This home was constructed by free and enslaved laborers for James Brice starting in 1767. Brice became the mayor of Annapolis in the 1780s and later served on Maryland's Executive Council which led to him serving as the acting Governor of Maryland in 1792. Brice's father, a colonial-era judge, designed the home. The home stayed in the family for over a century and then passed to organizations such as St. John’s College. The state acquired the structure in 2014 and it is currently operated as the headquarters of Historic Annapolis.
Built in the early 1760s, the William Paca house was home to the third governor of Maryland. William Paca was one of four Maryland colonists who signed the Declaration of Independence. The Historic Annapolis Foundation restored the mansion in the 1960s and offers guided tours of the home and its garden. Visitors to the house can view historic artwork and furnishings, and enjoy a number of interpretive exhibits that offer a rare glimpse into the late colonial period and early statehood.
Construction on the house began in, or around, April 1774 and a majority of the house was probably completed before the death of the architect in November or December of the same year. Patron Matthias Hammond probably never occupied his elegant house because he abruptly left Annapolis for his family's country estate in 1776. He died in 1786 after renting the house for many years. The house passed to his nephews John and then Philip Hammond who eventually sold the house to Ninian Pinkney in 1810. Pinkney, however quickly sold the house to Judge Jeremiah Townley Chase in 1811. Judge Chase bought the house as a home for the family of his daughter Frances Townley Chase Loockerman. He was well acquainted with the house because he rented the northeast wing beginning in the late 1770s. Judge Chase's descendants lived in the house until the death of his great-granddaughter Hester Ann Harwood in 1924. Judge Chase's granddaughter married William Harwood, the great-grandson of William Buckland, the architect of the house.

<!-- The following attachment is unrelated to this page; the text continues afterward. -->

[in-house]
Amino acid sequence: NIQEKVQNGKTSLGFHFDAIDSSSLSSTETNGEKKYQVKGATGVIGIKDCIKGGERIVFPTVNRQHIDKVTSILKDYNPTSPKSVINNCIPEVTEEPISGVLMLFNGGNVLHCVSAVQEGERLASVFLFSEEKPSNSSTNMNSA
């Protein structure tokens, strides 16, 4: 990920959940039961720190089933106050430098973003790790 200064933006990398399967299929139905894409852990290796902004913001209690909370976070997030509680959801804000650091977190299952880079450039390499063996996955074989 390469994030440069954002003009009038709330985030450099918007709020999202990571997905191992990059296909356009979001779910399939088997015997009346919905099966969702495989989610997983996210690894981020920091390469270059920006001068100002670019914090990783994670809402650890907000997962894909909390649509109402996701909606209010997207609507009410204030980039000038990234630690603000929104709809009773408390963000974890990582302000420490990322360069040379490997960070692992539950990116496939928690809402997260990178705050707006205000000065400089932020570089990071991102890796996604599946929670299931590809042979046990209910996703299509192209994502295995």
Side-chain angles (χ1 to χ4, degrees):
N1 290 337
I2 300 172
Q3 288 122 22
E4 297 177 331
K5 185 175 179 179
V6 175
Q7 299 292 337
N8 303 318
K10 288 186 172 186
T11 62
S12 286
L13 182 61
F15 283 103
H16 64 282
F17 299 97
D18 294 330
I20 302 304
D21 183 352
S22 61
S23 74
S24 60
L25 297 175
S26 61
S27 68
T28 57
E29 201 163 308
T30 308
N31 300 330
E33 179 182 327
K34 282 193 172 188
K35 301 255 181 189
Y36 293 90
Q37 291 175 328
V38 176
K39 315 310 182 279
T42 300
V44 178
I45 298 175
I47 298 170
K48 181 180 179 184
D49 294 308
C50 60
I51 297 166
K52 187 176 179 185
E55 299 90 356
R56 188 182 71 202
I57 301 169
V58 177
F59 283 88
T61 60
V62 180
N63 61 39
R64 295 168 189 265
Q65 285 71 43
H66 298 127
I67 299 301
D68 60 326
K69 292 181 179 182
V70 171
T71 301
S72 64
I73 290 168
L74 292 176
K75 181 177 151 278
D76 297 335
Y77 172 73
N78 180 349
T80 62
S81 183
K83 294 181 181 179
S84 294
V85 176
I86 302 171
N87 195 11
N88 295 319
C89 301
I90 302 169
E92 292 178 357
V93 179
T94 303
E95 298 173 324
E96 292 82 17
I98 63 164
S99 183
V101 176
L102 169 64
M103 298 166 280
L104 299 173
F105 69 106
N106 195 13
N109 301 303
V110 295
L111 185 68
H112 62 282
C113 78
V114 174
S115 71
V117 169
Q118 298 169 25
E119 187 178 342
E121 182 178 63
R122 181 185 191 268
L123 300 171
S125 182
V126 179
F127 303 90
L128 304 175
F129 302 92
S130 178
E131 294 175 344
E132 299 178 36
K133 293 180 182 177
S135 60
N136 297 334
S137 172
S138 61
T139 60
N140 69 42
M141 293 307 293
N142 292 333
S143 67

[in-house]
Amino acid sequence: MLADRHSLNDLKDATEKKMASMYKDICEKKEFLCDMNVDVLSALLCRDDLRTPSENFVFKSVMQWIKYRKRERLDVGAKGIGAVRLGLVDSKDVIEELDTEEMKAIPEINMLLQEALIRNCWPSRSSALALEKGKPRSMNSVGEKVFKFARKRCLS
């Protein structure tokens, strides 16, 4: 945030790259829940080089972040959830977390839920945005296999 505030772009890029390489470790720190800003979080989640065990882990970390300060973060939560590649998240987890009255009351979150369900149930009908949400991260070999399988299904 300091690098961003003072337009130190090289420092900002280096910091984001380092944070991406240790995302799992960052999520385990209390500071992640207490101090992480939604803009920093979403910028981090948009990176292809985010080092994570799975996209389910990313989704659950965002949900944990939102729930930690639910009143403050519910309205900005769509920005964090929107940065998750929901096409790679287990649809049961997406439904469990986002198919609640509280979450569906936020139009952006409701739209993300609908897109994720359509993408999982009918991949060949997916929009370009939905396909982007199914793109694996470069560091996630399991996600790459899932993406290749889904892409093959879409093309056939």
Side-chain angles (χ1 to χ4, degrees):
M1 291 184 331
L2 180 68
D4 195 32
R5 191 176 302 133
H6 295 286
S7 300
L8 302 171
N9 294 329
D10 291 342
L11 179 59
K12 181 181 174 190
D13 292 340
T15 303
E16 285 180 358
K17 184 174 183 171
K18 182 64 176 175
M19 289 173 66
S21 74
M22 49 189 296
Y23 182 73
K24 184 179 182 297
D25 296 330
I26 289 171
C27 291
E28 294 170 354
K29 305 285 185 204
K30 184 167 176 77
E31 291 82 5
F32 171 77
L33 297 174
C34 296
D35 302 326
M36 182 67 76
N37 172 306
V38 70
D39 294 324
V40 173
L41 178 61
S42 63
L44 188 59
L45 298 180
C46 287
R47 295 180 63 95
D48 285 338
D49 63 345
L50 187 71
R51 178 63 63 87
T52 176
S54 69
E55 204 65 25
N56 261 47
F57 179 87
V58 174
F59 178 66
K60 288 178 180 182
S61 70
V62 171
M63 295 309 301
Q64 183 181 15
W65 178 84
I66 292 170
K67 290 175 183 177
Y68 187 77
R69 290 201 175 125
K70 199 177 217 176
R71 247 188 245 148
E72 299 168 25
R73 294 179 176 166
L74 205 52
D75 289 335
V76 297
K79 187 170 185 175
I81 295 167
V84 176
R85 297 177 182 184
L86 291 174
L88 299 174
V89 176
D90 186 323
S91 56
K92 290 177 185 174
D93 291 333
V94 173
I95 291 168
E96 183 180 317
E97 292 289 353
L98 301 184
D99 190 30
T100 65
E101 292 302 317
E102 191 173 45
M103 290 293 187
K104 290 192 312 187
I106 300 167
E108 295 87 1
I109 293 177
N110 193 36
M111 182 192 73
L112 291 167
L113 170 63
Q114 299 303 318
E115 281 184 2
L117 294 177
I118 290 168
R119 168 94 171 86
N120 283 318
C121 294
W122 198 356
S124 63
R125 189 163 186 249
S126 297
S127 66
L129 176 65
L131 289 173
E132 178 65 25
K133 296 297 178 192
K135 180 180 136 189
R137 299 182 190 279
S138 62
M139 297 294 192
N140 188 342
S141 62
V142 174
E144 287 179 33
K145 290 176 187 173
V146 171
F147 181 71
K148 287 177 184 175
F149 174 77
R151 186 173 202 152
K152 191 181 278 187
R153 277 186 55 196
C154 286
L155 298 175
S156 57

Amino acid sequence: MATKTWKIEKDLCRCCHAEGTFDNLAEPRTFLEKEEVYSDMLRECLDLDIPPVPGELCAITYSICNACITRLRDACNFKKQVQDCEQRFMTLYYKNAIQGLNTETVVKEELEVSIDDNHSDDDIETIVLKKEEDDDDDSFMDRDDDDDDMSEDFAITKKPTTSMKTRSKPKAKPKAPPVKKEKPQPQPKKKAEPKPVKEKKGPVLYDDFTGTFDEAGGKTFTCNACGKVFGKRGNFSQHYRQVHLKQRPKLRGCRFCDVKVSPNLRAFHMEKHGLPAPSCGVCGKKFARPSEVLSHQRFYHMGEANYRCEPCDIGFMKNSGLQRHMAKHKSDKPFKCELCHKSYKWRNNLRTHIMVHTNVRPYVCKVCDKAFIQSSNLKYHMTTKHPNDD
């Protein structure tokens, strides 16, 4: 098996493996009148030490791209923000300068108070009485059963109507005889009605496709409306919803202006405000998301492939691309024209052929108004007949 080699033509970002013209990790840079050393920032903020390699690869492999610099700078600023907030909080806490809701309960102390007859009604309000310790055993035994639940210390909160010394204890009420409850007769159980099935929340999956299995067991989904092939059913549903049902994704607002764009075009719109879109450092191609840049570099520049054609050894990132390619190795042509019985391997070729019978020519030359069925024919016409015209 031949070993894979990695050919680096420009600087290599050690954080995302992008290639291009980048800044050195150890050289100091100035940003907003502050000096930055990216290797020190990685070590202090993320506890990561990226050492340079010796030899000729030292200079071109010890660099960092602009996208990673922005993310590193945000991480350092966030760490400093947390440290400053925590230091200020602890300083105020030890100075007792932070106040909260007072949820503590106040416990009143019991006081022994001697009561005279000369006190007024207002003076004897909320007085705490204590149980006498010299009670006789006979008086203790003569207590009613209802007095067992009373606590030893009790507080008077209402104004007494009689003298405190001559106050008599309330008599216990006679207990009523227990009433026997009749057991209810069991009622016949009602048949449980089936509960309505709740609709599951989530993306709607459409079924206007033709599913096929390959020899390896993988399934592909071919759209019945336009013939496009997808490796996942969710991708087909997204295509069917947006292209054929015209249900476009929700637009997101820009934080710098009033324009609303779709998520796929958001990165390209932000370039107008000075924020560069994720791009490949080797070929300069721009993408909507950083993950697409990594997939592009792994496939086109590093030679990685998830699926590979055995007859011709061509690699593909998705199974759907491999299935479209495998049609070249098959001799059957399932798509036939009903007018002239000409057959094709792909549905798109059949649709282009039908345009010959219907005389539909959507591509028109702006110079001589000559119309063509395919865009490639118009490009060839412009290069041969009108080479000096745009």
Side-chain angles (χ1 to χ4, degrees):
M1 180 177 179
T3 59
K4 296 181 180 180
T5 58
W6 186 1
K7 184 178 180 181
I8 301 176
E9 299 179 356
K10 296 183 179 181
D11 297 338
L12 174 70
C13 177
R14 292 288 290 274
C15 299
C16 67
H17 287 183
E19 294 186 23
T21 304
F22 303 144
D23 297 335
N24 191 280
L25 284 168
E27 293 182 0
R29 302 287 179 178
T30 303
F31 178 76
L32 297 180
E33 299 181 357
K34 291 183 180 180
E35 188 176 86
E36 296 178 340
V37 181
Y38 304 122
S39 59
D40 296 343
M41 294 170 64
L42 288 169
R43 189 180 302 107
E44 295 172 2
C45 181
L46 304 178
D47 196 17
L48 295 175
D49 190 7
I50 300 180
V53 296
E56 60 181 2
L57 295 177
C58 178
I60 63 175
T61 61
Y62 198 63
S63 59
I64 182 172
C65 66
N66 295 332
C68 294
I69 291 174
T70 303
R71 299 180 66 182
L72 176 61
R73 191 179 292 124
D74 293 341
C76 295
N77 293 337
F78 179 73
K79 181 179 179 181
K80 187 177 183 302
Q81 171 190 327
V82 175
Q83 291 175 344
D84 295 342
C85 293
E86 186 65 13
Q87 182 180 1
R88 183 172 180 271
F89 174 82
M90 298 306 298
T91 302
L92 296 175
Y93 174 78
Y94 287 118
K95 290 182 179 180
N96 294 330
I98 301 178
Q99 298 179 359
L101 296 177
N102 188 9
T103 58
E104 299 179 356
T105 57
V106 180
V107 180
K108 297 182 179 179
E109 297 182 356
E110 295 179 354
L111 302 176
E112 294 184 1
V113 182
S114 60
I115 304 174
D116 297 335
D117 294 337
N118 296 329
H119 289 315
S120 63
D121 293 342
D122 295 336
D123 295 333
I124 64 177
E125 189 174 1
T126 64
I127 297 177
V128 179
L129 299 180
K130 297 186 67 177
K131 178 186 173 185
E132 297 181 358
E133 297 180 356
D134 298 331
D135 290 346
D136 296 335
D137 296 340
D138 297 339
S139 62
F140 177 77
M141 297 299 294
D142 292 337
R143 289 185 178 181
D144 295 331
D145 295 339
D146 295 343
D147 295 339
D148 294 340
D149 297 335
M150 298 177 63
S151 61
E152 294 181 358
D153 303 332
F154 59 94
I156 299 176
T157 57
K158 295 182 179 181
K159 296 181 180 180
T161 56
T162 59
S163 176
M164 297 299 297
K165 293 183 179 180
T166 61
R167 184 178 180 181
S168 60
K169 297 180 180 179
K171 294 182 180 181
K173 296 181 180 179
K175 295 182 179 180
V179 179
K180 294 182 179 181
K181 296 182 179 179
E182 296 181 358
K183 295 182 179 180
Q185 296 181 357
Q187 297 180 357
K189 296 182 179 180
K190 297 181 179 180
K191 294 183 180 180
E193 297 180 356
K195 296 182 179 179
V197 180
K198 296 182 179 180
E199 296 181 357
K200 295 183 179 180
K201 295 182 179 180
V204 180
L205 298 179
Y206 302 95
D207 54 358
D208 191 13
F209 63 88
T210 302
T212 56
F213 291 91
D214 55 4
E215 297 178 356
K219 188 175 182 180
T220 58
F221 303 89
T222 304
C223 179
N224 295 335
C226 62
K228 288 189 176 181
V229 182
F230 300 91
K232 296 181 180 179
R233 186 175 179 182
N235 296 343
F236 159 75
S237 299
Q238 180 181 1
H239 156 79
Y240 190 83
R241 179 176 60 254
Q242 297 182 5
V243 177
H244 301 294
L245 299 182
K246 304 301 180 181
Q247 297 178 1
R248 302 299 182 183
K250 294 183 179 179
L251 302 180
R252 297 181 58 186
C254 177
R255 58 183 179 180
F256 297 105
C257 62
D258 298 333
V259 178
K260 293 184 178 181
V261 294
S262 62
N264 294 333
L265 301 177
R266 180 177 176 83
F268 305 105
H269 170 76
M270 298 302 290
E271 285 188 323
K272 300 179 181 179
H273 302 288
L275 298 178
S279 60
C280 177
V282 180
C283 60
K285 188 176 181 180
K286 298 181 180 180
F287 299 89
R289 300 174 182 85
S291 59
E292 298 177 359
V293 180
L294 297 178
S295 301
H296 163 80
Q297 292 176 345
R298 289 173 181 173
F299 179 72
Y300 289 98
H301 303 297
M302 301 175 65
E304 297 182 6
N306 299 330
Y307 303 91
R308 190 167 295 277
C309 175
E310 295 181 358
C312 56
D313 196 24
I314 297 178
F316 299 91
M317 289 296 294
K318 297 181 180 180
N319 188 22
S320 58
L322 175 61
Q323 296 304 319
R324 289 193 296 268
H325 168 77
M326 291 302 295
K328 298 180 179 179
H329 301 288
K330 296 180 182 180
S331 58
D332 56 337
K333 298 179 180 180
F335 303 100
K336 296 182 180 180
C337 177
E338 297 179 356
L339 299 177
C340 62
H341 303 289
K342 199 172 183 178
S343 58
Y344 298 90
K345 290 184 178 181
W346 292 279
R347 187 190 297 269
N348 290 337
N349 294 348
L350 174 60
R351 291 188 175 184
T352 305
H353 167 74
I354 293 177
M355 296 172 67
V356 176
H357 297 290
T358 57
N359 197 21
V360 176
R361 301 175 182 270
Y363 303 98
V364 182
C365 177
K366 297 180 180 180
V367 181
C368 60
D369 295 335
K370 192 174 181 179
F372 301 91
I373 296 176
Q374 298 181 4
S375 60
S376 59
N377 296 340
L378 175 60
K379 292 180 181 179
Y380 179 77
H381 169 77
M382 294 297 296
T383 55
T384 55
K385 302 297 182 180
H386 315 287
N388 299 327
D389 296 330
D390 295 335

Three-story brick Georgian mansion dating from 1769-1774. ts construction was started for Samuel Chase, who would later be a signatory to the Declaration of Independence and Associate Justice of the Supreme Court. However, later, Chase would sale the building unfinished to Edward Lloyd IV in 1771.
The U.S Naval Academy maintains this museum to preserve and share the history of the Academy with the public. The museum includes exhibits on three levels that guide visitors through a chronological tour of the Academy's history. These exhibits also include special thematic displays that explore topics that reflect the larger history of the US Navy, as well as important themes in American history. In addition to these exhibits, the Naval Academy Museum maintains models of historic vessels and displays dedicated to various deployments and wars.
In 1941, the Harvard Lacrosse team arrived at the Naval Academy in Annapolis, Maryland for a scheduled match. Upon seeing that the team was racially integrated, the Naval Academy's superintendent refused to allow them to play. Harvard's team decided that they would willingly forfeit but after talking with the coach, the only black player on the team decided to go home and allow the match to go on.
The Tripoli Monument was carved in 1806 in Italy before being brought to the Washington Navy Yard in 1808. It would later be moved to the US Capitol building in 1831, and then finally being put at its permanent residence at the United States Naval Academy in 1860. It is the US's oldest military monument. The Tripoli Monument honors the fallen heroes of the First Barbary War, which lasted from 1801 to 1805. Designed by Giovani C. Micali, it is also known as the Naval Monument and the Peace Monument.